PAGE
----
Analyzing the Semantic Types of Claims and Premises in an Online Persuasive Forum

Christopher Hidey, Elena Musi, Alyssa Hwang, Smaranda Muresan, Kathy McKeown


Abstract
Argumentative text has been analyzed both theoretically and computationally in terms of argumentative structure that consists of argument components (e.g., claims, premises) and their argumentative relations (e.g., support, attack). Less emphasis has been placed on analyzing the semantic types of argument components. We propose a two-tiered annotation scheme to label claims and premises and their semantic types in an online persuasive forum, Change My View, with the long-term goal of understanding what makes a message persuasive. Premises are annotated with the three types of persuasive modes: ethos, logos, pathos, while claims are labeled as interpretation, evaluation, agreement, or disagreement, the latter two designed to account for the dialogical nature of our corpus. We aim to answer three questions: 1) can humans reliably annotate the semantic types of argument components? 2) are types of premises/claims positioned in recurrent orders? and 3) are certain types of claims and/or premises more likely to appear in persuasive messages than in non-persuasive messages?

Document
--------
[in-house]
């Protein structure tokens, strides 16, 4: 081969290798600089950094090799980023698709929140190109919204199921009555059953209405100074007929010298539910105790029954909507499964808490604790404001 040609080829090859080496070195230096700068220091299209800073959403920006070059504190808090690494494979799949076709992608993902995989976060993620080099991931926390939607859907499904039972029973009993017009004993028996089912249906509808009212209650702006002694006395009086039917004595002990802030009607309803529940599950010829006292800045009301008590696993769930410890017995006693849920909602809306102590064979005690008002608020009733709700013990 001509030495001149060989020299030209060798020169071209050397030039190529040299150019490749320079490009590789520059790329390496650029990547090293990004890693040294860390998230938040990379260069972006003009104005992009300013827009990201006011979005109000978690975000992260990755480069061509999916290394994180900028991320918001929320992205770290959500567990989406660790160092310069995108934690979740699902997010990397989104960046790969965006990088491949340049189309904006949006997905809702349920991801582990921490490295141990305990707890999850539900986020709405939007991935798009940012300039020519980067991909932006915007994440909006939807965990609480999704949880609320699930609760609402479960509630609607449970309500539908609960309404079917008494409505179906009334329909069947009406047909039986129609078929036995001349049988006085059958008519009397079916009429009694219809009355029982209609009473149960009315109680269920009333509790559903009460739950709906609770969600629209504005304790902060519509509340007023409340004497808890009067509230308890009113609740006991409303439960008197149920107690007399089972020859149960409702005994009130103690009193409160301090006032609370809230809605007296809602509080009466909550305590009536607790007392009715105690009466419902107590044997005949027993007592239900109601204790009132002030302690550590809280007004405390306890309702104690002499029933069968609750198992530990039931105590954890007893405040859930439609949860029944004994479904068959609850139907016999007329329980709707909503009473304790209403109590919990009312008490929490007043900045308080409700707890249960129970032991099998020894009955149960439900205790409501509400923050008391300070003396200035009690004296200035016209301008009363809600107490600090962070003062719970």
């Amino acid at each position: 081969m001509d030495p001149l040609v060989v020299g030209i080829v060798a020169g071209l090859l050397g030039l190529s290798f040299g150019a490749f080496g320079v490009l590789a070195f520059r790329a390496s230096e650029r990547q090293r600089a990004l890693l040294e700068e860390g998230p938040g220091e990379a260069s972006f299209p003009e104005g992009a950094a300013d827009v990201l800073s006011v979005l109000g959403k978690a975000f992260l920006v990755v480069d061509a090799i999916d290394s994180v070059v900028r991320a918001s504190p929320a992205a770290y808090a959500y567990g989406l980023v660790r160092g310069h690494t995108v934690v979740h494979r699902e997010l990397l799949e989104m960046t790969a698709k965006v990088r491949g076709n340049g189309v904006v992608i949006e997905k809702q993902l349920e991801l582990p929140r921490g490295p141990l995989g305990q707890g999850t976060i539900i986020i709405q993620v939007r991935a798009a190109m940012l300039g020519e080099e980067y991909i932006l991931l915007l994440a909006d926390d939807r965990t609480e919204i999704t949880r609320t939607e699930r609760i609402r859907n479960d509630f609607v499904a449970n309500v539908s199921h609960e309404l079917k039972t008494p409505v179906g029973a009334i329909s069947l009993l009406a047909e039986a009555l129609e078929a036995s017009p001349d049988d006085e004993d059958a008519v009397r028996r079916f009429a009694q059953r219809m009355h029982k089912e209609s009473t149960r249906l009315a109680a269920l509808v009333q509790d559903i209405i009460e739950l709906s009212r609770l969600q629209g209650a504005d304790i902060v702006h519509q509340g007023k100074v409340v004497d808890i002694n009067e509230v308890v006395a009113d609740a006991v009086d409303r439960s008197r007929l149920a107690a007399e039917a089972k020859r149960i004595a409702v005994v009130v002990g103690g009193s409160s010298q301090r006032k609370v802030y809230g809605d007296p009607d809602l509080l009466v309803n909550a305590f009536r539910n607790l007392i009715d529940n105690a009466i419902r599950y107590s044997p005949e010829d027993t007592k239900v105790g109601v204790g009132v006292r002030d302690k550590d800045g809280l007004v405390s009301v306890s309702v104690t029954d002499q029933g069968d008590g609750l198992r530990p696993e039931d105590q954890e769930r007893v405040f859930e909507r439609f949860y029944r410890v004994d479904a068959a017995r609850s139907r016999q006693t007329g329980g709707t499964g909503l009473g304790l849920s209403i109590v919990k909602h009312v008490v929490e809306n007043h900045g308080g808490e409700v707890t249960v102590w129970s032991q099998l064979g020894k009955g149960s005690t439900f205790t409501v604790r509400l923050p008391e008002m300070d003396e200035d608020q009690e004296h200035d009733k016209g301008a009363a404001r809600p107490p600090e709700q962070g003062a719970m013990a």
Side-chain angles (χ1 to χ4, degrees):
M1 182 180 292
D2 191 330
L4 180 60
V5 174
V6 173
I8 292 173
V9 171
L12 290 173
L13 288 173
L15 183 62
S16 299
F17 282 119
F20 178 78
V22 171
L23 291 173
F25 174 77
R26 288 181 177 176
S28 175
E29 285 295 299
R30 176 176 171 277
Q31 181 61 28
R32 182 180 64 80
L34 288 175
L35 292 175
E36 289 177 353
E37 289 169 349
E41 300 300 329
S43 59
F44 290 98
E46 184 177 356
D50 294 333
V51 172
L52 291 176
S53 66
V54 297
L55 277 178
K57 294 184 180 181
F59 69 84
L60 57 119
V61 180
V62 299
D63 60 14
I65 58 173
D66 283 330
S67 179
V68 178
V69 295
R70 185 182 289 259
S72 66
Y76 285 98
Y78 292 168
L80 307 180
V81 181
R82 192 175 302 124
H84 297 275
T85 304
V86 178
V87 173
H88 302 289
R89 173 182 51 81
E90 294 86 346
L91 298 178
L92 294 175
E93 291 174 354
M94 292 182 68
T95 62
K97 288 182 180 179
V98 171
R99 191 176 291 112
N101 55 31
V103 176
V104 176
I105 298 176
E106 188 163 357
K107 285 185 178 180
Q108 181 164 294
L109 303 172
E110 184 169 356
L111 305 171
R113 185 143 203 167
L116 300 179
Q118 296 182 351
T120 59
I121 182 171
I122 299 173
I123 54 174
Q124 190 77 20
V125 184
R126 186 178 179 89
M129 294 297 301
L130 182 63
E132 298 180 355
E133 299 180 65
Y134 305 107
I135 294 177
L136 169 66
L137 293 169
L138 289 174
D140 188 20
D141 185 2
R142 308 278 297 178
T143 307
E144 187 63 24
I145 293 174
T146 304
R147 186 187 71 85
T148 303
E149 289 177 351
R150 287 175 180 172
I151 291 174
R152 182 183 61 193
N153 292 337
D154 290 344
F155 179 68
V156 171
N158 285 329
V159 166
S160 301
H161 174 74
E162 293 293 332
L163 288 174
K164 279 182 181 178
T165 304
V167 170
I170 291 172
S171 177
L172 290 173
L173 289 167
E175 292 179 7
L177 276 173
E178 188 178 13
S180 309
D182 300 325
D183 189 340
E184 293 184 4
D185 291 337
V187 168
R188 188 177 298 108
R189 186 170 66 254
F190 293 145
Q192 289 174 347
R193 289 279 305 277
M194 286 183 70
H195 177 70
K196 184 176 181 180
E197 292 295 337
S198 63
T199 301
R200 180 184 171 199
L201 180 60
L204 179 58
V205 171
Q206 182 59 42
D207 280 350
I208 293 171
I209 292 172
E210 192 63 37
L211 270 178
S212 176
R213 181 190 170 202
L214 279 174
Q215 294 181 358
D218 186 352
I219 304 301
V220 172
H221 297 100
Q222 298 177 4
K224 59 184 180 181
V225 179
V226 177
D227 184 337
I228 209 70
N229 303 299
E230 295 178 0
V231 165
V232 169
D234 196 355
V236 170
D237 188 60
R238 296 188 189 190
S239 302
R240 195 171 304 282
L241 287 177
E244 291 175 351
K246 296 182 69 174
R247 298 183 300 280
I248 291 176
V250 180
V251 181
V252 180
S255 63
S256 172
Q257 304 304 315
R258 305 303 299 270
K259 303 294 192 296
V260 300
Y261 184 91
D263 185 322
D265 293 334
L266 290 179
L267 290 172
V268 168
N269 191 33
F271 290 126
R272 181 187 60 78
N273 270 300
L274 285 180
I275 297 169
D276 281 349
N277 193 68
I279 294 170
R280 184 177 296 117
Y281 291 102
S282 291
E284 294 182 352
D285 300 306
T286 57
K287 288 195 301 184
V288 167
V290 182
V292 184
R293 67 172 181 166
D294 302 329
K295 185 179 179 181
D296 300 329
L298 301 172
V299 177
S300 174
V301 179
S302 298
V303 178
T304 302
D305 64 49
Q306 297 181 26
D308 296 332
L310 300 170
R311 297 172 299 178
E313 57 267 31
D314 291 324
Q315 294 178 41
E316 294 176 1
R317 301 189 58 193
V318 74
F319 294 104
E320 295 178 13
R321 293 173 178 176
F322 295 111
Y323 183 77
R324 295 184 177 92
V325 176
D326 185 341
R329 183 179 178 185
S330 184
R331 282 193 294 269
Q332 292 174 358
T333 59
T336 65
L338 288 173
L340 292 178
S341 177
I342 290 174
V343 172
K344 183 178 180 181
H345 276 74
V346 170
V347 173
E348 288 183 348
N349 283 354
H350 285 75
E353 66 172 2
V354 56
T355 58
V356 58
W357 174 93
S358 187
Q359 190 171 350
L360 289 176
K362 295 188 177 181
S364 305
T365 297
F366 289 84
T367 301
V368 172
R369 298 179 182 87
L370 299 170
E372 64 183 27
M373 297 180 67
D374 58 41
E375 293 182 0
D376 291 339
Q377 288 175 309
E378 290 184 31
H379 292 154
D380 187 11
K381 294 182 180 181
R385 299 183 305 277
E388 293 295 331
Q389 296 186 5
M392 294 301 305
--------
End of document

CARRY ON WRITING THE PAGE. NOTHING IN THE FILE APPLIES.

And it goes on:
Anthology ID:
W17-5102
Volume:
Proceedings of the 4th Workshop on Argument Mining
Month:
September
Year:
2017
Address:
Copenhagen, Denmark
Venues:
ArgMining | WS
SIG:
Publisher:
Association for Computational Linguistics
Note:
Pages:
11–21
Language:
URL:
https://www.aclweb.org/anthology/W17-5102
DOI:
10.18653/v1/W17-5102
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PDF:
http://aclanthology.lst.uni-saarland.de/W17-5102.pdf